Clearly, the Flyers realized that Vandermeer was developing into a more complete player as an overage junior defenceman. Sutter certainly saw the skill that emerged in Vandermeer’s game as the 2000-01 season wore on.
Not surprisingly, Sutter also praised Vandermeer’s parents for instilling character in their son. Bob and Maureen Vandermeer raised six hockey-playing sons over the years.
“Jimmy could shoot, he could skate . . . he had offensive abilities,” said Sutter. “And obviously the Vandermeer family speaks for itself. They’re great people, salt of the earth . . . character individuals.
“Having the opportunity to coach Jimmy and (younger brother) Teddy was a privilege and an honour. They’re caring people who were raised with that toughness and care very deeply about success and winning. They would do whatever it took.
“Jimmy bought into everything we talked about and put that (Memorial Cup championship) team on his shoulders.”
According to Vandermeer, the Memorial Cup winning crew was more than just a team. It was a family.
“When I look at any team I played on over the years, there has always been a couple of guys you don’t get along with or at times disagree with,” he told Troy Gillard of 106.7 The Drive in an interview during the Memorial Cup tournament at the Centrium last May.
“But on that team, if a guy had family issues or another problem, every one of his teammates wanted to help him out.”
Vandermeer said the 2001 Memorial Cup tournament was almost a surreal event.
“It was such a special year,” he told Gillard. “We were ranked No. 1 going in and the expectations on us were so high. It was kind of a blur. It was over a week long but it seemed like two or three days.
“We were just caught up in the moment. We were focused and we’d go to the rink to practise and play. It was just kind of a blur.”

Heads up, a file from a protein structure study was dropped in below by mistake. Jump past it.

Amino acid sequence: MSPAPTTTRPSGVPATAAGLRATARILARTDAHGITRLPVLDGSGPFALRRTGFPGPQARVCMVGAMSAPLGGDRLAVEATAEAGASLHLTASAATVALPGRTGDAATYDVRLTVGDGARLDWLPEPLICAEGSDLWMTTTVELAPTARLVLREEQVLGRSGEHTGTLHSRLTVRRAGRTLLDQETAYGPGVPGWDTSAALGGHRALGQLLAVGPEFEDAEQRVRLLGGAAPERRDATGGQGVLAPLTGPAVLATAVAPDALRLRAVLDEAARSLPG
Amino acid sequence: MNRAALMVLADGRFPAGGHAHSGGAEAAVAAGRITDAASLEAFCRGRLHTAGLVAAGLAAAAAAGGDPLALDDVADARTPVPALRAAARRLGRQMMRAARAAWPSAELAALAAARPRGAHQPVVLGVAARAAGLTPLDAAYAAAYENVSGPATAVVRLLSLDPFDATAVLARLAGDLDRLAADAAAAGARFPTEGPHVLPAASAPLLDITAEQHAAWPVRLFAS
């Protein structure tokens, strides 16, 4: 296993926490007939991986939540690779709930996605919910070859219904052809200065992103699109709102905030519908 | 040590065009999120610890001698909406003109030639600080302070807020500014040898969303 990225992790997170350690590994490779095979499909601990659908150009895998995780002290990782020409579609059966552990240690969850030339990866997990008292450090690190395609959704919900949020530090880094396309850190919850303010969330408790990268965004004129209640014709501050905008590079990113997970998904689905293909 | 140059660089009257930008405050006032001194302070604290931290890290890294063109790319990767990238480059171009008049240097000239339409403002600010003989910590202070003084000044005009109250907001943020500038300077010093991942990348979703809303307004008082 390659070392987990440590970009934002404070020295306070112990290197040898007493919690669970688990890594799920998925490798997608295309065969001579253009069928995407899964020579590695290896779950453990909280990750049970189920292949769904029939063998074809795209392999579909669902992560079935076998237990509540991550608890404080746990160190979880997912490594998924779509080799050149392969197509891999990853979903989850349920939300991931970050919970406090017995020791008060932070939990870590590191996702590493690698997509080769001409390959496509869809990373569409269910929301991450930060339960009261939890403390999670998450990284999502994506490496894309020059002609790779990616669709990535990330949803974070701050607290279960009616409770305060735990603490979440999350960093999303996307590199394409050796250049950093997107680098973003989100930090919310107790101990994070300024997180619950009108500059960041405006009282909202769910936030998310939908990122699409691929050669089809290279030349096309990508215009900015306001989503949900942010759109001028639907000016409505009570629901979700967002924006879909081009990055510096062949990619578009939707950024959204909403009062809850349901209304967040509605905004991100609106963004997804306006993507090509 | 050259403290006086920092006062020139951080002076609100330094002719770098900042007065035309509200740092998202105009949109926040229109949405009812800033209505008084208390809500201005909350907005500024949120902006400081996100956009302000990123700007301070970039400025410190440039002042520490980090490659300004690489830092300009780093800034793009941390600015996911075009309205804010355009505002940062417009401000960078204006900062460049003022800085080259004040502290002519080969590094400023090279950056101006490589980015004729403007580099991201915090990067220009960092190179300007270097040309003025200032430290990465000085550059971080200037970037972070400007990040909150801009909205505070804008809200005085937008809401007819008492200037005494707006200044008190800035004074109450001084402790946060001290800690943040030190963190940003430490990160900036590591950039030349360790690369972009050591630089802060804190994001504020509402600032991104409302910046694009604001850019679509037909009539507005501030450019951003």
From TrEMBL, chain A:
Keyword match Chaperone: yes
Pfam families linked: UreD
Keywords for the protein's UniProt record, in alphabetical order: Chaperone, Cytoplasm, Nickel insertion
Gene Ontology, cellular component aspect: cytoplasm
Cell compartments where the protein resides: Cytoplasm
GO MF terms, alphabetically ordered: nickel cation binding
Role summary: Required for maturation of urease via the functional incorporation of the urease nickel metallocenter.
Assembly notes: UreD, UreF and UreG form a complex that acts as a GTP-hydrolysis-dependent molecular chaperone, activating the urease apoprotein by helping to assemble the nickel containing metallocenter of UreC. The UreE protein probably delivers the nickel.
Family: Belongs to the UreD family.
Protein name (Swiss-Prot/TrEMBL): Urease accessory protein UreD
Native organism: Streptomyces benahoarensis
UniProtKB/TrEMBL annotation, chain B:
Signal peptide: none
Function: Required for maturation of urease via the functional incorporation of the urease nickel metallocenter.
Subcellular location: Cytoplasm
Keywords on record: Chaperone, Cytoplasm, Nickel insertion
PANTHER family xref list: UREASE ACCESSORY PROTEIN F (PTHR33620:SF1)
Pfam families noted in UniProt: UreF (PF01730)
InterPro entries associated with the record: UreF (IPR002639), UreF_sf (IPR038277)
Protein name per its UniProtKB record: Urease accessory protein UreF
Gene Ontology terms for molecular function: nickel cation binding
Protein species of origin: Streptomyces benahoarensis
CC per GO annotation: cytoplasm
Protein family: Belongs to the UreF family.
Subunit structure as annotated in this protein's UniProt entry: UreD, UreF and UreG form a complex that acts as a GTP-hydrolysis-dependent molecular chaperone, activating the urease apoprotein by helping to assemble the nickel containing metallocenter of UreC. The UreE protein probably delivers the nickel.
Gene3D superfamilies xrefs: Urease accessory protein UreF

He will always remember, however, the thrill of being presented with the Memorial Cup. It ranks right up there among his greatest moments in the sport.
“Obviously, getting the chance to play in the NHL was great, but that was like an actual moment of winning a championship,” he said. “It’s what you dream of and what every guy plays for.
“To win the Western League and then the Memorial Cup, that’s hard to accomplish. It was pretty special to be able to do that.”
Vandermeer played 482 games in the NHL with the Flyers, Blackhawks, Calgary Flames, Phoenix Coyotes, Edmonton Oilers and San Jose Sharks, amassing 25 goals and 107 points and racking up 681 penalty minutes before heading overseas in 2013.
He suited up with a Swiss team for two seasons and has been with the Belfast Giants of the English Elite League the past two years.
“It’s been cool to learn some history, travel the world a bit and still get to play some hockey,” said Vandermeer. “I’ve been fortunate enough to play hockey for a long time.”
Vandermeer, now 37, has contributed seven goals and 24 points in 49 games with the Giants this season.